"Be quiet now,” said an old Nurse to a child sitting on her  lap.  "If you make that noise again I will throw you to the Wolf.” Now it chanced that a Wolf was passing close under the window as this was said.  So he crouched down by the side of the house and waited.  "I am in good luck to-day,” thought he.  "It is sure to cry soon, and a daintier morsel I haven’t had for many a long day.”  So he waited, and he waited, and he waited, till at last the child began to cry, and the Wolf came forward before the window, and looked up to the Nurse, wagging his tail.  But all the Nurse did was to shut down the window and call for help, and the dogs of the house came rushing out.  "Ah,” said the Wolf as he galloped away,

    "Enemies promises were made to be broken.”

    The Shepherd’s Boy and the Wolf

    A SHEPHERD-BOY, who watched a flock of sheep near a village,  brought out the villagers three or four times by crying out,  "Wolf! Wolf!”  and when his neighbors came to help him, laughed at  them for their pains.  The Wolf, however, did truly come at last.   The Shepherd-boy, now really alarmed, shouted in an agony of  terror:  "Pray, do come and help me; the Wolf is killing the  sheep”; but no one paid any heed to his cries, nor rendered any  assistance.  The Wolf, having no cause of fear, at his leisure  lacerated or destroyed the whole flock.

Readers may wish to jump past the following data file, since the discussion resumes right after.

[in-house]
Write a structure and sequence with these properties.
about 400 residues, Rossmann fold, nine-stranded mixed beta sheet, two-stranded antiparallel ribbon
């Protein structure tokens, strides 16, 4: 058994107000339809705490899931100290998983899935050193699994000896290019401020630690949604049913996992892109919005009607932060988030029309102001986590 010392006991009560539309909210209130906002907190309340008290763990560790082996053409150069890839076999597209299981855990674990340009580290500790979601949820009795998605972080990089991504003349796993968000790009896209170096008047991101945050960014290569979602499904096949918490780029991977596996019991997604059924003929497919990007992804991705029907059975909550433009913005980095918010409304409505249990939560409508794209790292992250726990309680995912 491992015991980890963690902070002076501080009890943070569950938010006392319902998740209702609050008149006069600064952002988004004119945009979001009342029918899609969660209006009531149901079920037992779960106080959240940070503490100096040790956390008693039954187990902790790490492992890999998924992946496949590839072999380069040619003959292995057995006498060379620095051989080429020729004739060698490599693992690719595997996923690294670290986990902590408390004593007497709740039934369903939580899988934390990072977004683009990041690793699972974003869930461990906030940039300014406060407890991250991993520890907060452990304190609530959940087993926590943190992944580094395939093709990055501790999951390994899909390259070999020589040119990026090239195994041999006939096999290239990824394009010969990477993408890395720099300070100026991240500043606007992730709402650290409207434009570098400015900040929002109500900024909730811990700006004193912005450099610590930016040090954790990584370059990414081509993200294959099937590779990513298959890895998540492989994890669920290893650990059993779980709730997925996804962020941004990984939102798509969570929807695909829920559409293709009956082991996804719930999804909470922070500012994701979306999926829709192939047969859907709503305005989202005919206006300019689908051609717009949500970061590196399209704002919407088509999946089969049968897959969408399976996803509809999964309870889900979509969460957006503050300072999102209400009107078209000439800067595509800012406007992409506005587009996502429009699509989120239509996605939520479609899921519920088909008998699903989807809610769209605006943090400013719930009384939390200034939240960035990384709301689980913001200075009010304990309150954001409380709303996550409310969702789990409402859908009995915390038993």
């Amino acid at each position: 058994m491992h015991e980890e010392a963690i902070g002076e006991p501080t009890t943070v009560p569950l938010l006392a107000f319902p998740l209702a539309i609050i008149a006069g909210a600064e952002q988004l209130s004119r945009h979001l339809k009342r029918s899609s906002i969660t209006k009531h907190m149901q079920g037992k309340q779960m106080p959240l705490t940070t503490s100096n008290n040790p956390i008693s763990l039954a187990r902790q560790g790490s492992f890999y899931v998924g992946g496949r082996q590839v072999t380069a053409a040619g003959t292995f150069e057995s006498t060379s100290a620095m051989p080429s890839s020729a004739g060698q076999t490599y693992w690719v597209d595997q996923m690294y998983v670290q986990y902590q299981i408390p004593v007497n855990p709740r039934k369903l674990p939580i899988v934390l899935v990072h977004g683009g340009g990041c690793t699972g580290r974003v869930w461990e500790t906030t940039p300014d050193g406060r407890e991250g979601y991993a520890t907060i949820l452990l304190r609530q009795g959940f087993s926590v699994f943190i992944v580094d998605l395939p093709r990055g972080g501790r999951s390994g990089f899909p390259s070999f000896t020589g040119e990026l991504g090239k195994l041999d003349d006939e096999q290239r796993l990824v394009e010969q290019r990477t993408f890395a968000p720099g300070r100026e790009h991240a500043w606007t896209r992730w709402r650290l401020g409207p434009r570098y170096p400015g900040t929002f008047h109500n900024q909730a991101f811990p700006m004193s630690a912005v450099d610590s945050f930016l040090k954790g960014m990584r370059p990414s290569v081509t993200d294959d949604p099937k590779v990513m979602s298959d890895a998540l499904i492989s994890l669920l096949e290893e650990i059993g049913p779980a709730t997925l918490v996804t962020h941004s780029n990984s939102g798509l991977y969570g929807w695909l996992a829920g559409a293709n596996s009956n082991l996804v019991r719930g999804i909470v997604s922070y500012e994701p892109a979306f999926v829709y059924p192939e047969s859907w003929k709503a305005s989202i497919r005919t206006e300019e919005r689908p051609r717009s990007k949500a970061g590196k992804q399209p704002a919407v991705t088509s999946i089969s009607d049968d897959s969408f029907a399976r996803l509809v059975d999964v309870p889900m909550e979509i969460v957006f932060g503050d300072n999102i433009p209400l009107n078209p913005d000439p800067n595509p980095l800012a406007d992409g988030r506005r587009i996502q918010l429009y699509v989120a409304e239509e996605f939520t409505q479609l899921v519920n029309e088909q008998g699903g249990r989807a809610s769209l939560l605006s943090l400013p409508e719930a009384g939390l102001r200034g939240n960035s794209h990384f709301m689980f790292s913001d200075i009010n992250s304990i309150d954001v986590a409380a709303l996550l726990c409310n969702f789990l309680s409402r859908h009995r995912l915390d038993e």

"There is no believing a liar, even when he speaks the truth.”

    The Kid and the Wolf

    A KID, returning without protection from the pasture, was pursued  by a Wolf.  Seeing he could not escape, he turned round, and  said:  "I know, friend Wolf, that I must be your prey, but before  I die I would ask of you one favor you will play me a tune to  which I may dance.”  The Wolf complied, and while he was piping  and the Kid was dancing, some hounds hearing the sound ran up and  began chasing the Wolf.  Turning to the Kid, he said, "It is just  what I deserve; for I, who am only a butcher, should not have  turned piper to please you.”

    "In time of dire need, clever thinking is key or outwit your enemy to save your skin.”

    The Wolf in Sheep’s Clothing

    A Wolf found great difficulty in getting at the sheep owing to  the vigilance of the shepherd and his dogs.  But one day it found  the skin of a sheep that had been flayed and thrown aside, so it  put it on over its own pelt and strolled down among the sheep.   The Lamb that belonged to the sheep, whose skin the Wolf was  wearing, began to follow the Wolf in the Sheep’s clothing; so,  leading the Lamb a little apart, he soon made a meal off her, and  for some time he succeeded in deceiving the sheep, and enjoying  hearty meals.

    "Appearances are deceptive.”